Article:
The Davis City Council bought time Tuesday night to wait until the last minute to place taxes on the June ballot that could shore up city finances temporarily.
What the members bought with that time are options to place a companion measure on the ballot that specifies — in a non-legally binding way — what the money will be used for, a chance to mull how to do outreach to the community and a shorter lifespan for the taxes. The council also wants to emphasize to voters the city’s determination to build a business park that could bring in the necessary tax income for the long term.
The council is considering placing a three-quarter-cent addition to the sales tax on the June ballot and a $150-per-year parcel tax on the November ballot. The estimated $5.4 million in annual sales taxes receipts will go toward covering a $5.1 million structural deficit brought on by wages and benefit costs as well as various other soaring costs like a $2 million debt service for infrastructure. The rest would be placed in a rainy-day fund. This tax will require a simple majority of voters to pass it.
The city says the parcel tax would bring in $4.1 million annually for roads, park capital improvements and benefits like pool funding and the purchase of Nugget Fields from the school district. It would require a two-thirds yes vote to pass.
Each council member had something to add to the options city staff will be bringing back on Feb. 11, the last chance the council would have to meet deadlines for the June 3 ballot.
Councilwoman Rochelle Swanson pushed for more aggressive language telling voters the city would pursue economic development, but not just in a technology park. A change in the downtown core may have to take place for more income-generating business to locate in Davis, she said.
“It’ going to take more than boutiques and restaurants,” Swanson said, adding that the language of the economic development pledge would be a crucial message to voters. “I do think that our community wants to get behind us, but I do think they need something more.”
Councilman Lucas Frerichs worried that other alternatives hadn’t been pursued, such as hotel occupancy taxes, and the absence of that pursuit could be a hole in the city’s argument for new taxes. Similarly, he worried that Measure J/R votes required for most land on which the technology park would be built could make the economic development pledge risky.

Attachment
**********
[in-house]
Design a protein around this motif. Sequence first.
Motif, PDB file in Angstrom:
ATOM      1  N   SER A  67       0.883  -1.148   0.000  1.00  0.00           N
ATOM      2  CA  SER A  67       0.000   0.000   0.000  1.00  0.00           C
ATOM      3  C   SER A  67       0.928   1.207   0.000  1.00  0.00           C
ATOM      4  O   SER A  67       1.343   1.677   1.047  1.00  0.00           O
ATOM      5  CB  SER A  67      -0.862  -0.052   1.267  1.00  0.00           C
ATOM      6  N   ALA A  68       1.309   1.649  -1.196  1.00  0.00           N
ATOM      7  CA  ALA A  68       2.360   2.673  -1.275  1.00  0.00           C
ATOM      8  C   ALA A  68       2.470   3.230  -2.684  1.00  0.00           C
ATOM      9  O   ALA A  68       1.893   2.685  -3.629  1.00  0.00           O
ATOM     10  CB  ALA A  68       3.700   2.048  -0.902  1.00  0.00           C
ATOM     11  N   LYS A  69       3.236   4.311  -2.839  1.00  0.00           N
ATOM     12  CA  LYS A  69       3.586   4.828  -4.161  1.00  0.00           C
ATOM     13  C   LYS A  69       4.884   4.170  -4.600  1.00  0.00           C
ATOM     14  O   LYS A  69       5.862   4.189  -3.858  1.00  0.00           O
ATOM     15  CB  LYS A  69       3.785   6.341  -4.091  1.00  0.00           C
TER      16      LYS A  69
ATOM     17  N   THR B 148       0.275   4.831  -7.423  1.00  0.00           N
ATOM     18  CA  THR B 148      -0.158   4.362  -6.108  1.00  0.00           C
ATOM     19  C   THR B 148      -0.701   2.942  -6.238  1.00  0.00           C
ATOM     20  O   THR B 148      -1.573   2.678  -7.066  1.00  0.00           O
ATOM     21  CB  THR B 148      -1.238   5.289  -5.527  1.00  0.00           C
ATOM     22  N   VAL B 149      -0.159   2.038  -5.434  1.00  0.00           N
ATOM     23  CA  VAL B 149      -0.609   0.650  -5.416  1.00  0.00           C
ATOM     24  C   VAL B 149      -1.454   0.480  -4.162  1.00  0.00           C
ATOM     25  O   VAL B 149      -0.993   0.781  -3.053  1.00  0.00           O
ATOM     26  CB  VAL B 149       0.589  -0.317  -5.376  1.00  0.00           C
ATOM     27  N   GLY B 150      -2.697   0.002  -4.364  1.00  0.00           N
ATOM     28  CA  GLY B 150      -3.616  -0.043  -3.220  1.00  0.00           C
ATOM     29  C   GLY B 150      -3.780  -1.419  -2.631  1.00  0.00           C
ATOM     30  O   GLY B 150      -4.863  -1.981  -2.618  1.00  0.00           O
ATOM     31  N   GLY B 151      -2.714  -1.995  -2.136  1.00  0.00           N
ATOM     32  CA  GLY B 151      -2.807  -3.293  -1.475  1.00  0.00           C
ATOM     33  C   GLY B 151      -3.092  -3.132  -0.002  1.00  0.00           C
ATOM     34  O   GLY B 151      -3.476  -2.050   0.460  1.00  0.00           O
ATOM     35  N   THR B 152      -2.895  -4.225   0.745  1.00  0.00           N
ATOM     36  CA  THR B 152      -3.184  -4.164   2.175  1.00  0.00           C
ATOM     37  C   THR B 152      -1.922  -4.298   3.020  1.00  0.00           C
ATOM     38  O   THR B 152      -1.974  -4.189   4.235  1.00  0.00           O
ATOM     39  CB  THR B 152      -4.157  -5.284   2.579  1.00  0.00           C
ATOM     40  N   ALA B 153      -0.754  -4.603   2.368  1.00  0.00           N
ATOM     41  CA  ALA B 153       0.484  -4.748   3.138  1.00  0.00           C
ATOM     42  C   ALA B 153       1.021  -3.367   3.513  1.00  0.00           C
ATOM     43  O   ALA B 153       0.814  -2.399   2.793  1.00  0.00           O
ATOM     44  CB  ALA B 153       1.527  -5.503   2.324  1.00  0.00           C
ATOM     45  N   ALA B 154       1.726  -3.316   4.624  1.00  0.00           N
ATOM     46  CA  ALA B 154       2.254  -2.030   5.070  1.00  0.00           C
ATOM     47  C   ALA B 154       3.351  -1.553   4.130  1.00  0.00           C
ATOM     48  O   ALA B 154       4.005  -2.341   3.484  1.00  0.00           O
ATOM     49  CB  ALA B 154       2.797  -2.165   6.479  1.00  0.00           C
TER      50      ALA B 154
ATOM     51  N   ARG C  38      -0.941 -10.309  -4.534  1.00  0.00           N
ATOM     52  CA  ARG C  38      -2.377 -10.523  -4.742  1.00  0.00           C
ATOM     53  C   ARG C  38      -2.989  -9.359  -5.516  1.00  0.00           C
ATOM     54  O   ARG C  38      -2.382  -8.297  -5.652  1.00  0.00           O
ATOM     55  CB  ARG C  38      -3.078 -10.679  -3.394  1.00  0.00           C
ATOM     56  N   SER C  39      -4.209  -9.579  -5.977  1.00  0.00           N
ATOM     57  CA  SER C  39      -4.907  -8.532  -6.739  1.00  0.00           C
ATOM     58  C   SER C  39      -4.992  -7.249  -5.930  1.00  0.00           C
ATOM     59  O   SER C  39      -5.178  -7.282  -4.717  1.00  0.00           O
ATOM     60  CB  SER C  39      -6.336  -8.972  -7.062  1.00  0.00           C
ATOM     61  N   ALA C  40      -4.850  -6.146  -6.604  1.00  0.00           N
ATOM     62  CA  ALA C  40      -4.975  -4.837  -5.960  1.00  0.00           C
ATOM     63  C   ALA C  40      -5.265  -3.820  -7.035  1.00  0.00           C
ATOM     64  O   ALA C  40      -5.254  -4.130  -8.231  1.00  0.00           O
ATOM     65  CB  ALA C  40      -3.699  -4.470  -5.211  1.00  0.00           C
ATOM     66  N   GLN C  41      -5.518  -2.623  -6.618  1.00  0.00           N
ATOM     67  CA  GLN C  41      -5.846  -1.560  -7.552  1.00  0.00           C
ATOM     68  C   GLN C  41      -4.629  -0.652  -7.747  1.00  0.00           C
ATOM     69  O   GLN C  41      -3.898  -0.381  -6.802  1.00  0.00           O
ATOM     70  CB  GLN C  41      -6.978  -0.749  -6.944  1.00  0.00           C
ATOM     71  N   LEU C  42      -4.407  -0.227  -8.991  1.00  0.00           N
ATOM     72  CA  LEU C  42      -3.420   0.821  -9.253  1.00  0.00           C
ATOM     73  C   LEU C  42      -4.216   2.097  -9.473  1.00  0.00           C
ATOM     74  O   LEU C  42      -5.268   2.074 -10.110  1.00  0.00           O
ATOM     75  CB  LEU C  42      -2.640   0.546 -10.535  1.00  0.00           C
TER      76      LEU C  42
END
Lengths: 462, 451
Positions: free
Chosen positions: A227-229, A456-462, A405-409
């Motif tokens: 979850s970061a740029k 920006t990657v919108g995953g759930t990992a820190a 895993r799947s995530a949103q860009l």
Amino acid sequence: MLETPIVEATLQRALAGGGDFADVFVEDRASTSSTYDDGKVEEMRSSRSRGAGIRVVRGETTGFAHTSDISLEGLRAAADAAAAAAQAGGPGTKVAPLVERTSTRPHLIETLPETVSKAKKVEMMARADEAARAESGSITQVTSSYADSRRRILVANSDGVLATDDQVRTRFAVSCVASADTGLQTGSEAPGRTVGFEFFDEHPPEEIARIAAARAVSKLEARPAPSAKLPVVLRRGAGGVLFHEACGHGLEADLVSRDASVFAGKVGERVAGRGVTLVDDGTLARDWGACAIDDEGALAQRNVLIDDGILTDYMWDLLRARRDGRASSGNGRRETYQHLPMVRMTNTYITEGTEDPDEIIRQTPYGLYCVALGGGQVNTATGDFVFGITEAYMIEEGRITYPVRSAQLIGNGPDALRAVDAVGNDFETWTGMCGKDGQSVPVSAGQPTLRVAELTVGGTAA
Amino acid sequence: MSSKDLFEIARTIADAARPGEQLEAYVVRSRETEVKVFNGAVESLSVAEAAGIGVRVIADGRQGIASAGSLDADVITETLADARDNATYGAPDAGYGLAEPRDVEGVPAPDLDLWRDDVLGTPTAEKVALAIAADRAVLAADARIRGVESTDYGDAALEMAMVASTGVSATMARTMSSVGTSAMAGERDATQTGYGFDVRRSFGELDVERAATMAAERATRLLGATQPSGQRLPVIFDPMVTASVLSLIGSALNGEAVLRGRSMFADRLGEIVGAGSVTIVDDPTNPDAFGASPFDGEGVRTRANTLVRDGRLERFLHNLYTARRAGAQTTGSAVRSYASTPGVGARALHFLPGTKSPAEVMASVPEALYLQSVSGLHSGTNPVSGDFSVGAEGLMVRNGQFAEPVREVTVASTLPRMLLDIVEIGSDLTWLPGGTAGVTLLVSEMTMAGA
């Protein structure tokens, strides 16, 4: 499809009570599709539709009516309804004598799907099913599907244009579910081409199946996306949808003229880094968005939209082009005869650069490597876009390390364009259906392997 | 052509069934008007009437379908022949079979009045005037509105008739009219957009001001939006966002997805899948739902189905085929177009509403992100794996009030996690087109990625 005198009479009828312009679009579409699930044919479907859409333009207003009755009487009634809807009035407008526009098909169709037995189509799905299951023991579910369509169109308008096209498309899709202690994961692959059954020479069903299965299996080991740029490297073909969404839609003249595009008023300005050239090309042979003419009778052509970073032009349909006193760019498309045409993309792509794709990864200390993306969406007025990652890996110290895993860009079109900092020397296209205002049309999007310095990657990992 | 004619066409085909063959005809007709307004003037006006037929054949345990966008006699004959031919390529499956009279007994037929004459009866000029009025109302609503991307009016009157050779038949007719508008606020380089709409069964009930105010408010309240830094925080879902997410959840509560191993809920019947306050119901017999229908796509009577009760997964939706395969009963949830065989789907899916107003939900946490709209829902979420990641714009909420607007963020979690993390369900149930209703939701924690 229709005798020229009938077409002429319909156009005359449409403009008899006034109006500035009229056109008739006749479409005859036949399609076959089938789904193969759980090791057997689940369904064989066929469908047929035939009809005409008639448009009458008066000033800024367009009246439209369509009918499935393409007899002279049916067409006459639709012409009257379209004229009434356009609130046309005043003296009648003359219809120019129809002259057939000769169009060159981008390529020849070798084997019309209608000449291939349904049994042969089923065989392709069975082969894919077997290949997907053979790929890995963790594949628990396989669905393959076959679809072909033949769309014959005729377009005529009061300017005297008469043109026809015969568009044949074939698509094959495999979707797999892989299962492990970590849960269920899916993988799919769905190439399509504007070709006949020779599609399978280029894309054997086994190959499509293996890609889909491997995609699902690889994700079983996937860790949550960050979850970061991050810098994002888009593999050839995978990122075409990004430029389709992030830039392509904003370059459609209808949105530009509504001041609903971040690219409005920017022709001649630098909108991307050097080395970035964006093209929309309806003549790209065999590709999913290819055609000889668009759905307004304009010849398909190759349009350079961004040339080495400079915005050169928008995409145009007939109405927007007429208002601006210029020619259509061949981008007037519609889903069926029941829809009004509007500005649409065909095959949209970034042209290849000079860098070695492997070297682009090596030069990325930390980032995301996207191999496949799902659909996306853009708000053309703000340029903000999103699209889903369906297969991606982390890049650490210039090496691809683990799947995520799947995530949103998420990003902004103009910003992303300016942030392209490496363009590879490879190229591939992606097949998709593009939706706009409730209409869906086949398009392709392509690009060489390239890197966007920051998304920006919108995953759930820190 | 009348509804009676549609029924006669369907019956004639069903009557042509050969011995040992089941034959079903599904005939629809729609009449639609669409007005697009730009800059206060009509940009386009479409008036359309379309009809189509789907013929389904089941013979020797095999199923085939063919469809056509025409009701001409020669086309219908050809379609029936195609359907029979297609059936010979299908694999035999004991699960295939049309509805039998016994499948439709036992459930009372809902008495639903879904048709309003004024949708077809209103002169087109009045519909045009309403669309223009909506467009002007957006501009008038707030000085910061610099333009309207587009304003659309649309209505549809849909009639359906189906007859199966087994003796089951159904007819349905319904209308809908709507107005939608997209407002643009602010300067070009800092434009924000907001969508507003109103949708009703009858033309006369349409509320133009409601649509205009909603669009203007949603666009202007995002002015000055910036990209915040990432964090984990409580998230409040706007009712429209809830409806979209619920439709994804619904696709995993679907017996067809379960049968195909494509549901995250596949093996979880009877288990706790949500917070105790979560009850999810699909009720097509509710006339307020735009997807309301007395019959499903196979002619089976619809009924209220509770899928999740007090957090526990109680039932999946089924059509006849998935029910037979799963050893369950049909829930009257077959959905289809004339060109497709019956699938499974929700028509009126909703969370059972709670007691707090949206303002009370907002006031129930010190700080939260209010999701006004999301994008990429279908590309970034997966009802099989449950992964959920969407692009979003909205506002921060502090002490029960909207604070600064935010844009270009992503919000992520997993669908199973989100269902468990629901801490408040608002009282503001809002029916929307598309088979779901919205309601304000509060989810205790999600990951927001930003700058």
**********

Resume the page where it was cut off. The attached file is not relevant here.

More so, he worried that increases in water and sewer rates taking effect now will make Davis residents tighten their pocketbooks when it comes to approving new taxes.
Some members of the public criticized the city’s policy of slow growth for killing the housing development industry in Davis and thus a source of income for the city.
Councilman Brett Lee fired back at that notion, saying city analyses had shown housing to be revenue-neutral, in other words, not a good source of income.
Chamber of Commerce Executive Director Kemble Pope read the results of a survey of Chamber members on the tax issue that showed 60 percent of respondents said yes to a question about whether the city should keep cutting rather than levying more taxes.
“This I don’t think is going to fly with the community,” he said.
Lee launched a broadside at that sentiment, saying the survey was too vague in its wording and asked the wrong questions. It should have asked whether people want their roads paved and want to have access to parks and recreation programs, he said, adding that roads and pools have deteriorated over the past 20 years.
“Perhaps the medicine is that we do something that is unpopular at first glance,” Lee said. “(We need to ask) what is it about Davis that makes it Davis?”
Mayor Pro Tem Dan Wolk seemed to call out past councils, saying this council would not “kick the can down the road.”
The city could cut the $5.1 million, but he said he didn’t have a sense that was what the community wants to do, plus there are real long-term projects that need financing. Wolk even proposed adding to an existing parks parcel tax so it could go on the June ballot with the sales tax. That way, voters could decide in one fell swoop.
City Manager Steve Pinkerton said he would add that to the list of options for council consideration in February.
Mayor Joe Krovoza took the various comments and unified them for the city staff to understand, noting there was support on the council to move forward with tax measures, but it needs more options on the table for debate at the Feb. 11. meeting. That also would give the public more chance to weigh in, he noted. Krovoza also said he is interested in seeing the sales tax be on the books for less than 10 years.
At least four members of the council must agree to move the tax issue to the ballot.
— Reach Dave Ryan at 530-747-8057. Follow him at Twitter at @davewritesnews